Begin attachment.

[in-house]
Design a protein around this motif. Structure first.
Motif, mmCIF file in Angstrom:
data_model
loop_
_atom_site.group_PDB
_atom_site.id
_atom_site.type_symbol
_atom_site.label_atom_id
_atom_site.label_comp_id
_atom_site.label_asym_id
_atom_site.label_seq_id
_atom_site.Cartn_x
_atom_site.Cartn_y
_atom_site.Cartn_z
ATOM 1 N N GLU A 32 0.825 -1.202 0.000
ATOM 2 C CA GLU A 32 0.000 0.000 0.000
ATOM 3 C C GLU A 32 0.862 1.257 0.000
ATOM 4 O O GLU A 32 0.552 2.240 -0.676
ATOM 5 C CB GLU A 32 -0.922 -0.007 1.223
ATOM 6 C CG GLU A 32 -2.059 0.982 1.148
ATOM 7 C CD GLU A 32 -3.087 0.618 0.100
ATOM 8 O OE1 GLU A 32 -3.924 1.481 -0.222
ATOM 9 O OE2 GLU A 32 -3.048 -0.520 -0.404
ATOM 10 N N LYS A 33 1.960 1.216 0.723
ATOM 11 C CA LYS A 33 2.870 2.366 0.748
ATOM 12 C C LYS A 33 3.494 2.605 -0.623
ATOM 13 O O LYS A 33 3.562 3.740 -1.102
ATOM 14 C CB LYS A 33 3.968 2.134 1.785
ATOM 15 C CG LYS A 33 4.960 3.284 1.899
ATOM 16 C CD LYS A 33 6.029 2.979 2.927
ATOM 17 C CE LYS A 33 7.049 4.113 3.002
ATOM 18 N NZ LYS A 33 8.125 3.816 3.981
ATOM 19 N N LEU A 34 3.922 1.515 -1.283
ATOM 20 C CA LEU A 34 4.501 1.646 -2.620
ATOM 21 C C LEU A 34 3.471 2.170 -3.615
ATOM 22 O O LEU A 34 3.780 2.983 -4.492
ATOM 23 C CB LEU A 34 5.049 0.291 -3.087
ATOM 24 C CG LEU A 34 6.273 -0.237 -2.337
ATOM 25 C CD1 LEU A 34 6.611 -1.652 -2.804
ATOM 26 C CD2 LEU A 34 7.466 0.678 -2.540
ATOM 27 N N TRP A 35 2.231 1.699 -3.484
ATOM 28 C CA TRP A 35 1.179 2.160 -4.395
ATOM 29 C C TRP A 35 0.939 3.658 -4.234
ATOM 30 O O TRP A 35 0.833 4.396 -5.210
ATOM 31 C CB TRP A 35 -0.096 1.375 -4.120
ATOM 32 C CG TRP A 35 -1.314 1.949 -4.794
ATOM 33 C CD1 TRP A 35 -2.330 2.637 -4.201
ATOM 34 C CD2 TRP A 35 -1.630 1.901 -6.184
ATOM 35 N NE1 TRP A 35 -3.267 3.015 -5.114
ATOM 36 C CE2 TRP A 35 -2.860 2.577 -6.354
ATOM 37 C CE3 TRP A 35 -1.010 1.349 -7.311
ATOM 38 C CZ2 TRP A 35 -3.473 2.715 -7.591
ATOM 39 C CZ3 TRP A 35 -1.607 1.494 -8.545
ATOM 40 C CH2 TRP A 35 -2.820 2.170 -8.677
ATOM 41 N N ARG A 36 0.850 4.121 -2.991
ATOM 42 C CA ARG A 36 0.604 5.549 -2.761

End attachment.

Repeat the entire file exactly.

[in-house]
Design a protein around this motif. Structure first.
Motif, mmCIF file in Angstrom:
data_model
loop_
_atom_site.group_PDB
_atom_site.id
_atom_site.type_symbol
_atom_site.label_atom_id
_atom_site.label_comp_id
_atom_site.label_asym_id
_atom_site.label_seq_id
_atom_site.Cartn_x
_atom_site.Cartn_y
_atom_site.Cartn_z
ATOM 1 N N GLU A 32 0.825 -1.202 0.000
ATOM 2 C CA GLU A 32 0.000 0.000 0.000
ATOM 3 C C GLU A 32 0.862 1.257 0.000
ATOM 4 O O GLU A 32 0.552 2.240 -0.676
ATOM 5 C CB GLU A 32 -0.922 -0.007 1.223
ATOM 6 C CG GLU A 32 -2.059 0.982 1.148
ATOM 7 C CD GLU A 32 -3.087 0.618 0.100
ATOM 8 O OE1 GLU A 32 -3.924 1.481 -0.222
ATOM 9 O OE2 GLU A 32 -3.048 -0.520 -0.404
ATOM 10 N N LYS A 33 1.960 1.216 0.723
ATOM 11 C CA LYS A 33 2.870 2.366 0.748
ATOM 12 C C LYS A 33 3.494 2.605 -0.623
ATOM 13 O O LYS A 33 3.562 3.740 -1.102
ATOM 14 C CB LYS A 33 3.968 2.134 1.785
ATOM 15 C CG LYS A 33 4.960 3.284 1.899
ATOM 16 C CD LYS A 33 6.029 2.979 2.927
ATOM 17 C CE LYS A 33 7.049 4.113 3.002
ATOM 18 N NZ LYS A 33 8.125 3.816 3.981
ATOM 19 N N LEU A 34 3.922 1.515 -1.283
ATOM 20 C CA LEU A 34 4.501 1.646 -2.620
ATOM 21 C C LEU A 34 3.471 2.170 -3.615
ATOM 22 O O LEU A 34 3.780 2.983 -4.492
ATOM 23 C CB LEU A 34 5.049 0.291 -3.087
ATOM 24 C CG LEU A 34 6.273 -0.237 -2.337
ATOM 25 C CD1 LEU A 34 6.611 -1.652 -2.804
ATOM 26 C CD2 LEU A 34 7.466 0.678 -2.540
ATOM 27 N N TRP A 35 2.231 1.699 -3.484
ATOM 28 C CA TRP A 35 1.179 2.160 -4.395
ATOM 29 C C TRP A 35 0.939 3.658 -4.234
ATOM 30 O O TRP A 35 0.833 4.396 -5.210
ATOM 31 C CB TRP A 35 -0.096 1.375 -4.120
ATOM 32 C CG TRP A 35 -1.314 1.949 -4.794
ATOM 33 C CD1 TRP A 35 -2.330 2.637 -4.201
ATOM 34 C CD2 TRP A 35 -1.630 1.901 -6.184
ATOM 35 N NE1 TRP A 35 -3.267 3.015 -5.114
ATOM 36 C CE2 TRP A 35 -2.860 2.577 -6.354
ATOM 37 C CE3 TRP A 35 -1.010 1.349 -7.311
ATOM 38 C CZ2 TRP A 35 -3.473 2.715 -7.591
ATOM 39 C CZ3 TRP A 35 -1.607 1.494 -8.545
ATOM 40 C CH2 TRP A 35 -2.820 2.170 -8.677
ATOM 41 N N ARG A 36 0.850 4.121 -2.991
ATOM 42 C CA ARG A 36 0.604 5.549 -2.761